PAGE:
Immigration is Not the Answer

As one of the world's most open economies is beginning to discover:
Singapore may well serve as a case study for what happens when leaders try to offset slowing economic growth with immigration and increased birth rates. There are lessons that Japan or Italy would do well to study. All of it is turning into a political liability for Lee, the son ofLee Kuan Yew, who is regarded as the father of modern Singapore.
The erosion in his party’s popularity is accelerating after the release Jan. 29 of a white paper that contained the 6.9 million figure, which it calls a projection, not a goal. Lee Hsien Loong has since said the number of people will be “significantly” lower than the report suggests. Will Singaporeans buy that?
“The new population policy is anti-Singaporean and it threatens our existence and livelihoods,” says Gilbert Goh, 51, an advocate for unemployed citizens and an organizer of a protest planned for this week.
Sadly, some of the rants one reads in the media and online veer toward xenophobia. If Singaporeans are so livid, they should stop supporting Lee’s party. After all, isn’t the government, by seeking to import more human capital, telling its own people that they lack the skills to compete? Anyone who doubts Singapore is serious only has to look at accelerating efforts to reclaim land from the sea for development, giving the city the room for population growth.
The real question, as public angst rises, is whether the opposition is justified. Former United Nations demographer Joseph Chamie says it is. To Chamie, the view that it’s almost always better to have more and more people is the human equivalent of what Bernard Madoff did with money, something he calls “Ponzi demography.”
The human-pyramid scheme works like this: Population growth, either through births or immigration, boosts demand for goods and services, increases borrowing, boosts tax revenue and adds to corporate profits. Everything seems grand and leaders take a bow. It’s a bubble, though, and it eventually bursts when population growth stalls. Incomes top out, high debt crushes consumption and investment, the need for public assistance rises, environmental degradation increases and angry people take to the streets.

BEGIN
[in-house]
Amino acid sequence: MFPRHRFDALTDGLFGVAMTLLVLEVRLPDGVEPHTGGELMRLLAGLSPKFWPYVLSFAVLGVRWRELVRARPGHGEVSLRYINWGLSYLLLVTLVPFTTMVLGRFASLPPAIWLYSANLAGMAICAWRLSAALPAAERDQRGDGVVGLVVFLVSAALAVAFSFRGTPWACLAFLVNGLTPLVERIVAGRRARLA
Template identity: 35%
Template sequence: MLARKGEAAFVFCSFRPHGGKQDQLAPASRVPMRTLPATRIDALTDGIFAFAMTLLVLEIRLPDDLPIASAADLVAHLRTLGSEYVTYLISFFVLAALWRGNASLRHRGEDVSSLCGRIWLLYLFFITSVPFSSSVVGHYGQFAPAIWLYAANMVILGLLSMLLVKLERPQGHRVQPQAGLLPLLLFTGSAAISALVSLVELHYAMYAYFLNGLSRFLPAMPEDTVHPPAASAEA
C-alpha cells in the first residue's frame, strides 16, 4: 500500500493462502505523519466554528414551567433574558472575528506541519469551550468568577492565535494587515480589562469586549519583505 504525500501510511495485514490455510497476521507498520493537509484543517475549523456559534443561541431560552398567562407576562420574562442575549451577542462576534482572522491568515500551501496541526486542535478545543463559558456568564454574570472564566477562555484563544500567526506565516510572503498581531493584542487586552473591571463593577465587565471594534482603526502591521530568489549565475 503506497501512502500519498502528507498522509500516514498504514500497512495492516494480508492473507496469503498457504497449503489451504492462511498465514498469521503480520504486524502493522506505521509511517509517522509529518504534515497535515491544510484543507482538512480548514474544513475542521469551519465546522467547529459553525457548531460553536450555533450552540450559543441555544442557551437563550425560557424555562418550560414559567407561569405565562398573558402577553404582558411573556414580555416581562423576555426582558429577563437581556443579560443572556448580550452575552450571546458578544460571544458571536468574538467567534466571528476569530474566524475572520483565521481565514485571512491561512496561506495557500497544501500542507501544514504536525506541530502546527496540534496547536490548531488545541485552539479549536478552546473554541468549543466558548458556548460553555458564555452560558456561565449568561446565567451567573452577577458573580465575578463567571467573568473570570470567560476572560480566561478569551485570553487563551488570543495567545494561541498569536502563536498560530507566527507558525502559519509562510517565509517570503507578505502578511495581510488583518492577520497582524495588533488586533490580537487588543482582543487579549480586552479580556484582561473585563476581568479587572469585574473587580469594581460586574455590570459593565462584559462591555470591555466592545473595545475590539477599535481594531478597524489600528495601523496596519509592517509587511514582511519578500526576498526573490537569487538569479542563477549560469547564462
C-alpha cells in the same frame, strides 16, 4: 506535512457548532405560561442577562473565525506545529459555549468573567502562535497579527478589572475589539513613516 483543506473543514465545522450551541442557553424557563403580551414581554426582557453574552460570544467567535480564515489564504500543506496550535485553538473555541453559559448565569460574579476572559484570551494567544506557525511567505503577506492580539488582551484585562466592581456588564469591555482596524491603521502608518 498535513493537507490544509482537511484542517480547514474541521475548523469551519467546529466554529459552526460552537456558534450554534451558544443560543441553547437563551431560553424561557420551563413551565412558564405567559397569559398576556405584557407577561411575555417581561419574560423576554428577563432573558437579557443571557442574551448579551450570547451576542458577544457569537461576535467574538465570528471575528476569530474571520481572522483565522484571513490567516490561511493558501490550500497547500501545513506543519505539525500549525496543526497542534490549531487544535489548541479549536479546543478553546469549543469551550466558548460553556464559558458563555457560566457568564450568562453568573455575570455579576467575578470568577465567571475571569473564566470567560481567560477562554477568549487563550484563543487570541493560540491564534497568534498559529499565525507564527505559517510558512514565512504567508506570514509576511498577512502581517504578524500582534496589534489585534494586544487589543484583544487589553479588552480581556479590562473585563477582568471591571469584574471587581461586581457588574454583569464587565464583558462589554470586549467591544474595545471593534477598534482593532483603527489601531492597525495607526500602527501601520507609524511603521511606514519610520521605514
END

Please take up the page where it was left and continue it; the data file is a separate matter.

That didn't take as long as I expected. Singapore, as I've stated before, is my favourite place on Earth. I have a long history with that island nation. I have family ties to it. I love going back there. And I can verify every single word of that Bloomberg article.

Singapore's government basically tried immigrating their way out of their population problem. Singaporeans weren't having babies, due in no small part to the one-child policies put in place during the first 30 years of the country's history. And now they're beginning to realise that this is a spectacularly stupid idea.

Whenever I go back to Singapore, I have a hard time recognising the place. The entire island is basically one giant construction site these days. While I love to see the progress and the growth, I know full well that a lot of that growth is artificial. The influx of foreigners into Singapore has not been a net boon for the island. The values that created Singapore are not shared by those foreigners- an outcome that anyone living in America's Southern states could have told you all about. The things that make Singapore special- an open economy, low taxes, a great environment for doing business, a hyper-efficient public infrastructure- will be degraded and destroyed by the deliberate strategy on the part of the government to grow their way out of their problem using shortcuts.

This is a lesson that America needs to learn also, and fast. Counting on Hispanic and Islamic immigrants to grow your way out of trouble is a fool's gambit. It's not going to work, and the end result will be a divided country where the Constitution will mean even less than the paper it's printed on.


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